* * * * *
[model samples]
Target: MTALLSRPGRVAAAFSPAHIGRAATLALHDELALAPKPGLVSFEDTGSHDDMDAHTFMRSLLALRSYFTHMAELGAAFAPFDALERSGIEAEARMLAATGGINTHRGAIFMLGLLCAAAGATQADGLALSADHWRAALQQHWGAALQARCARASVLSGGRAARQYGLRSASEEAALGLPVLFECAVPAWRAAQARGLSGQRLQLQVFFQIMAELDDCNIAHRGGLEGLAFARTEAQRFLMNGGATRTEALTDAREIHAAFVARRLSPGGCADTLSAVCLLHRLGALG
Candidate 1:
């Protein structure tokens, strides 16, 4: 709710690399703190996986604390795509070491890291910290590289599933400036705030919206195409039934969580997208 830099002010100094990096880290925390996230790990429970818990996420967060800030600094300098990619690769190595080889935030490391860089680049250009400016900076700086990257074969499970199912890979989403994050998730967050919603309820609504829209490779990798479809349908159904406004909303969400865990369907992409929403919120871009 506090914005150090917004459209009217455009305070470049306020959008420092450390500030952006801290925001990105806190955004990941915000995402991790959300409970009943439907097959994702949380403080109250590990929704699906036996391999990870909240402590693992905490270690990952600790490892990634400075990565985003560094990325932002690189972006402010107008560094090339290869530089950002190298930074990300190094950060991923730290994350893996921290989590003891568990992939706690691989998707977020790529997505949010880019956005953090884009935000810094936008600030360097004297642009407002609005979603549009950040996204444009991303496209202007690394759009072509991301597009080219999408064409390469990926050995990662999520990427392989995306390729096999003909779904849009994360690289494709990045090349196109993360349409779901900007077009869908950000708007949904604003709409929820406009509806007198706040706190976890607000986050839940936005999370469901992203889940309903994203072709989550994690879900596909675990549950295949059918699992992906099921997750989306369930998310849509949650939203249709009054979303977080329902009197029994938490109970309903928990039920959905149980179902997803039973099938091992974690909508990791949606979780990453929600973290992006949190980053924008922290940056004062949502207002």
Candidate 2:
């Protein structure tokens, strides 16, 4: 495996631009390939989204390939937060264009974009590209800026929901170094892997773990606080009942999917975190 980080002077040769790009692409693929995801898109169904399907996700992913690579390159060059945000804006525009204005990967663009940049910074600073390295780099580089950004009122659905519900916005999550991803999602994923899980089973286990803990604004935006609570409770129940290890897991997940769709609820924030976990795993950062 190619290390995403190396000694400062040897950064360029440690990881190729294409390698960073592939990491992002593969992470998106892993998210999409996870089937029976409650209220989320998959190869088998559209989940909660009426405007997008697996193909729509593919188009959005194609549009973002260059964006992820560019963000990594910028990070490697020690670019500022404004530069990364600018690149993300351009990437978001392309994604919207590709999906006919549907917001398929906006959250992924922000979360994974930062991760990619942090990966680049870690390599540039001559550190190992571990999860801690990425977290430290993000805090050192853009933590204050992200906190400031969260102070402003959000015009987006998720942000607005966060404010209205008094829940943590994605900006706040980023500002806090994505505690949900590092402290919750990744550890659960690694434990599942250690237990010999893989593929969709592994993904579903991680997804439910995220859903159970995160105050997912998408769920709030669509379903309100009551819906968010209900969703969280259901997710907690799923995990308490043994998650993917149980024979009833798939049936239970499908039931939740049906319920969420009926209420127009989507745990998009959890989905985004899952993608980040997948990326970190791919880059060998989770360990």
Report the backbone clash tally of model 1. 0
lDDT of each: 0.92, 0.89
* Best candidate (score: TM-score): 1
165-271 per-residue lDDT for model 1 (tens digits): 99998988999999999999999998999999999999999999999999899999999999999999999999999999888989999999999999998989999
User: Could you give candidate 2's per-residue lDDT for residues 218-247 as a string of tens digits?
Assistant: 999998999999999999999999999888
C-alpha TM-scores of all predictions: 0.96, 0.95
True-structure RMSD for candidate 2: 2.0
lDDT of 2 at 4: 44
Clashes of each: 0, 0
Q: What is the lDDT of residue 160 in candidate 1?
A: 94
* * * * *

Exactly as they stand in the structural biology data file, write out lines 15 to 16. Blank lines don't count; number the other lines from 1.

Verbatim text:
lDDT of 2 at 4: 44
Clashes of each: 0, 0